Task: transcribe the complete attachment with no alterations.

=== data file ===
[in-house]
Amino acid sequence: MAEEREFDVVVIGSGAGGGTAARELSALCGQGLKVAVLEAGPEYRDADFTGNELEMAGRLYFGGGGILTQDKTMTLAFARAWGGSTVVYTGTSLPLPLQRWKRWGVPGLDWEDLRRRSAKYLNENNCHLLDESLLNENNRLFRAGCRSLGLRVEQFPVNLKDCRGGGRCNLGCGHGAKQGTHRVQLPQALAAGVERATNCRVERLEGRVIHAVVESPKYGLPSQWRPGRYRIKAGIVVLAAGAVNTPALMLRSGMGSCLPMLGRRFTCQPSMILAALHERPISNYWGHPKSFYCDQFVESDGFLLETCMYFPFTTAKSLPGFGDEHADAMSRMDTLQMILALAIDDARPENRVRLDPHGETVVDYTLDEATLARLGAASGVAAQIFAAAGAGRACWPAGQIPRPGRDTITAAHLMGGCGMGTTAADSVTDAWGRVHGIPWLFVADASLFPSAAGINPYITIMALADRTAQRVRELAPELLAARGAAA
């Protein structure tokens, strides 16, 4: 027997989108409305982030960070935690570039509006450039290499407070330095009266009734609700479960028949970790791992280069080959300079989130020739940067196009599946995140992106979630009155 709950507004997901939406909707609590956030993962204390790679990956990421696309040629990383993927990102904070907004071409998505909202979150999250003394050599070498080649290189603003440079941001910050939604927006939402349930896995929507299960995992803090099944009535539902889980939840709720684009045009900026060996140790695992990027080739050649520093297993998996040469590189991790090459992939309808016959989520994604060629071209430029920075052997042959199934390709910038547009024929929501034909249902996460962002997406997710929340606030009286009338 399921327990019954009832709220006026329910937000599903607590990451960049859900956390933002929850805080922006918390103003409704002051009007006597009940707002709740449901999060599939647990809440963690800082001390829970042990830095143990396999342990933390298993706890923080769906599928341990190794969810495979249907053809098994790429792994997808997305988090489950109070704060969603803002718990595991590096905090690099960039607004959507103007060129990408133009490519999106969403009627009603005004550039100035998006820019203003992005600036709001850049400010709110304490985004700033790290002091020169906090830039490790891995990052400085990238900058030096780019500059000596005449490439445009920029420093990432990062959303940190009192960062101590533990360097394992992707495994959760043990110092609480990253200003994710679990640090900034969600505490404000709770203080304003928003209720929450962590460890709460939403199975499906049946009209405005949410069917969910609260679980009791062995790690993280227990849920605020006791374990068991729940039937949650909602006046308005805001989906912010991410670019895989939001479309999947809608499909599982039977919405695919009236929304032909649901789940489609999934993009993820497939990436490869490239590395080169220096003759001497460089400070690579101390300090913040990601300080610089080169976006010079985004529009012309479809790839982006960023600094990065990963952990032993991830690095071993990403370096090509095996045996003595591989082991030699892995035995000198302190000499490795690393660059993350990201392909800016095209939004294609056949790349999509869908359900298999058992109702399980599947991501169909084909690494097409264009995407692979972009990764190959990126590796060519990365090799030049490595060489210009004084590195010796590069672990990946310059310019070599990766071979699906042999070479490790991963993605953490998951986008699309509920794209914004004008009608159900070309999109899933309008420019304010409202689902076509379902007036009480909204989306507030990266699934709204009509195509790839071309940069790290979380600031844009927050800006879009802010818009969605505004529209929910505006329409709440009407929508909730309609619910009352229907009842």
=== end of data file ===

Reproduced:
[in-house]
Amino acid sequence: MAEEREFDVVVIGSGAGGGTAARELSALCGQGLKVAVLEAGPEYRDADFTGNELEMAGRLYFGGGGILTQDKTMTLAFARAWGGSTVVYTGTSLPLPLQRWKRWGVPGLDWEDLRRRSAKYLNENNCHLLDESLLNENNRLFRAGCRSLGLRVEQFPVNLKDCRGGGRCNLGCGHGAKQGTHRVQLPQALAAGVERATNCRVERLEGRVIHAVVESPKYGLPSQWRPGRYRIKAGIVVLAAGAVNTPALMLRSGMGSCLPMLGRRFTCQPSMILAALHERPISNYWGHPKSFYCDQFVESDGFLLETCMYFPFTTAKSLPGFGDEHADAMSRMDTLQMILALAIDDARPENRVRLDPHGETVVDYTLDEATLARLGAASGVAAQIFAAAGAGRACWPAGQIPRPGRDTITAAHLMGGCGMGTTAADSVTDAWGRVHGIPWLFVADASLFPSAAGINPYITIMALADRTAQRVRELAPELLAARGAAA
């Protein structure tokens, strides 16, 4: 027997989108409305982030960070935690570039509006450039290499407070330095009266009734609700479960028949970790791992280069080959300079989130020739940067196009599946995140992106979630009155 709950507004997901939406909707609590956030993962204390790679990956990421696309040629990383993927990102904070907004071409998505909202979150999250003394050599070498080649290189603003440079941001910050939604927006939402349930896995929507299960995992803090099944009535539902889980939840709720684009045009900026060996140790695992990027080739050649520093297993998996040469590189991790090459992939309808016959989520994604060629071209430029920075052997042959199934390709910038547009024929929501034909249902996460962002997406997710929340606030009286009338 399921327990019954009832709220006026329910937000599903607590990451960049859900956390933002929850805080922006918390103003409704002051009007006597009940707002709740449901999060599939647990809440963690800082001390829970042990830095143990396999342990933390298993706890923080769906599928341990190794969810495979249907053809098994790429792994997808997305988090489950109070704060969603803002718990595991590096905090690099960039607004959507103007060129990408133009490519999106969403009627009603005004550039100035998006820019203003992005600036709001850049400010709110304490985004700033790290002091020169906090830039490790891995990052400085990238900058030096780019500059000596005449490439445009920029420093990432990062959303940190009192960062101590533990360097394992992707495994959760043990110092609480990253200003994710679990640090900034969600505490404000709770203080304003928003209720929450962590460890709460939403199975499906049946009209405005949410069917969910609260679980009791062995790690993280227990849920605020006791374990068991729940039937949650909602006046308005805001989906912010991410670019895989939001479309999947809608499909599982039977919405695919009236929304032909649901789940489609999934993009993820497939990436490869490239590395080169220096003759001497460089400070690579101390300090913040990601300080610089080169976006010079985004529009012309479809790839982006960023600094990065990963952990032993991830690095071993990403370096090509095996045996003595591989082991030699892995035995000198302190000499490795690393660059993350990201392909800016095209939004294609056949790349999509869908359900298999058992109702399980599947991501169909084909690494097409264009995407692979972009990764190959990126590796060519990365090799030049490595060489210009004084590195010796590069672990990946310059310019070599990766071979699906042999070479490790991963993605953490998951986008699309509920794209914004004008009608159900070309999109899933309008420019304010409202689902076509379902007036009480909204989306507030990266699934709204009509195509790839071309940069790290979380600031844009927050800006879009802010818009969605505004529209929910505006329409709440009407929508909730309609619910009352229907009842």